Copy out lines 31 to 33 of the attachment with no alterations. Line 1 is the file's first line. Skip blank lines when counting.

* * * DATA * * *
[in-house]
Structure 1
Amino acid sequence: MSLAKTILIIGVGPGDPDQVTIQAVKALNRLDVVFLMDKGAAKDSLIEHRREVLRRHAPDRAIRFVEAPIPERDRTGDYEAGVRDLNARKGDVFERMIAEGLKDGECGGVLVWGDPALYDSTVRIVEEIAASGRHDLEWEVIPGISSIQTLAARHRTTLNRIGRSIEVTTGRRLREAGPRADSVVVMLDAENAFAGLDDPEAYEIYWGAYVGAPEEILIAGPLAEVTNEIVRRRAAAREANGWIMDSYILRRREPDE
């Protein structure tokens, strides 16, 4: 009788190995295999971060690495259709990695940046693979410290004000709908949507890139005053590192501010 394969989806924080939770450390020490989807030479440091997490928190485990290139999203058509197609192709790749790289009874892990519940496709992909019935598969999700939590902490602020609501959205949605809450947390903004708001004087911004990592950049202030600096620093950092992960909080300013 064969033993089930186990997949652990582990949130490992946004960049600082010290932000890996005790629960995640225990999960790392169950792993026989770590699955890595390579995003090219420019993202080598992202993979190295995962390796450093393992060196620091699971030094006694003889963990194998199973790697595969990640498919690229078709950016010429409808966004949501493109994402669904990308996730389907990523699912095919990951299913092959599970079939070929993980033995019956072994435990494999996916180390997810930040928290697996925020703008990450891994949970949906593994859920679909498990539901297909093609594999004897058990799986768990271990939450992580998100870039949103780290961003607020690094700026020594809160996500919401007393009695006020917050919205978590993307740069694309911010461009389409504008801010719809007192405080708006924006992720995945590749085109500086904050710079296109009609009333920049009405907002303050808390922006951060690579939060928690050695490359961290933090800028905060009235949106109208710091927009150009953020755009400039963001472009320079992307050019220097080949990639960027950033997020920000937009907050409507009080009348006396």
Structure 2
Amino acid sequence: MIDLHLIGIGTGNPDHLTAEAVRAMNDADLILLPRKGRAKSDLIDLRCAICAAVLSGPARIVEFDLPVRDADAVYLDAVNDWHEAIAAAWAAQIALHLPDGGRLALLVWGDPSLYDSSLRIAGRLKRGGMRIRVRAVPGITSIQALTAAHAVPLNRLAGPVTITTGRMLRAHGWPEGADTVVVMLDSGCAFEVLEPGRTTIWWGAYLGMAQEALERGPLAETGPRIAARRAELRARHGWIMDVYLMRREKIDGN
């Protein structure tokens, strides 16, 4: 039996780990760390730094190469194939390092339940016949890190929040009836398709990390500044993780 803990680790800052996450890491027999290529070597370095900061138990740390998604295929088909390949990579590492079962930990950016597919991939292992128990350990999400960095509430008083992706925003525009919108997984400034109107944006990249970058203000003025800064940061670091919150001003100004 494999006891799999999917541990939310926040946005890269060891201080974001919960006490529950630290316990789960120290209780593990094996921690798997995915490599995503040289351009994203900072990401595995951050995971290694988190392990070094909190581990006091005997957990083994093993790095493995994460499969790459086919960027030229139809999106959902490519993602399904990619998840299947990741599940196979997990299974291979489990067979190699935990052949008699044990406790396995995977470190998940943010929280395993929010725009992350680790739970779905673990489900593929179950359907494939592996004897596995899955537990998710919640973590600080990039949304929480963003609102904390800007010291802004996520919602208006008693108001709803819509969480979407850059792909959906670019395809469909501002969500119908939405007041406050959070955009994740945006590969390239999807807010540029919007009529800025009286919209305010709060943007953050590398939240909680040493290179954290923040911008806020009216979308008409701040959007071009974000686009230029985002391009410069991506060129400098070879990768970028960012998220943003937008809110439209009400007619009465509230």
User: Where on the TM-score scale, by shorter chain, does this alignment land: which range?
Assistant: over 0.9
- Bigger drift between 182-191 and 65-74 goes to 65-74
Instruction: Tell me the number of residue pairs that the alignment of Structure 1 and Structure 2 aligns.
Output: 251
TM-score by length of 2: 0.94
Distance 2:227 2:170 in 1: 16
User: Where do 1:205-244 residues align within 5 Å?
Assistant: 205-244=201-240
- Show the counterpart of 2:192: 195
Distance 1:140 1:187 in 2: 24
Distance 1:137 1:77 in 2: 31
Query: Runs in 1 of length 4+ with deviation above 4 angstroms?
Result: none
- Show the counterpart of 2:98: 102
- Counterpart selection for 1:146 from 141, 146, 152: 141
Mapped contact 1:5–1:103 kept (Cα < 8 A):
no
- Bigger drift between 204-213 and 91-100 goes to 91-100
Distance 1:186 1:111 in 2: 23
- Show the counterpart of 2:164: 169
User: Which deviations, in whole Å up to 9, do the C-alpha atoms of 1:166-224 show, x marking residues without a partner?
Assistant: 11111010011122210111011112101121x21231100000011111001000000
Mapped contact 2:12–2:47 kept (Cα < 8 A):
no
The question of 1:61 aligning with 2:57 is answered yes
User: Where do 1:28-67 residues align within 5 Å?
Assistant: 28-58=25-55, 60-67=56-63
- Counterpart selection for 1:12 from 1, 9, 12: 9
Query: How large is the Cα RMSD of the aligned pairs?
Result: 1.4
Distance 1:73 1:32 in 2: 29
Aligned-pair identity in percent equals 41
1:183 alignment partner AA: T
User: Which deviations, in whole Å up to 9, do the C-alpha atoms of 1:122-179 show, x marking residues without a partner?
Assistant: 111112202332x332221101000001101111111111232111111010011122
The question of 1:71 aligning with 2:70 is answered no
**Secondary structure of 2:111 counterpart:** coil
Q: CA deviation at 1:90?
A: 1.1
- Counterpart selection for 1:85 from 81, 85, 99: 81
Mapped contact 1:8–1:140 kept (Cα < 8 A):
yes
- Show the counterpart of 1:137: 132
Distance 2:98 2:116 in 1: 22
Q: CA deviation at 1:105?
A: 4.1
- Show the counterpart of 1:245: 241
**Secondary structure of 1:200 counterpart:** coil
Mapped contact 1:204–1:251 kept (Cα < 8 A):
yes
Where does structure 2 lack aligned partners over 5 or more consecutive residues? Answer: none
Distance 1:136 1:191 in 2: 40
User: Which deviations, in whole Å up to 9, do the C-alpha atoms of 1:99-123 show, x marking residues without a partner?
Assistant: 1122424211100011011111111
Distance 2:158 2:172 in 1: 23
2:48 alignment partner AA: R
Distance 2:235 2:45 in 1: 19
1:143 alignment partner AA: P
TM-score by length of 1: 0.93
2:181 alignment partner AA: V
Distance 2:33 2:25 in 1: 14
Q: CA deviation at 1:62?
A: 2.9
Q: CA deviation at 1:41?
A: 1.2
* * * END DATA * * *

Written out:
Mapped contact 2:12–2:47 kept (Cα < 8 A):
no
The question of 1:61 aligning with 2:57 is answered yes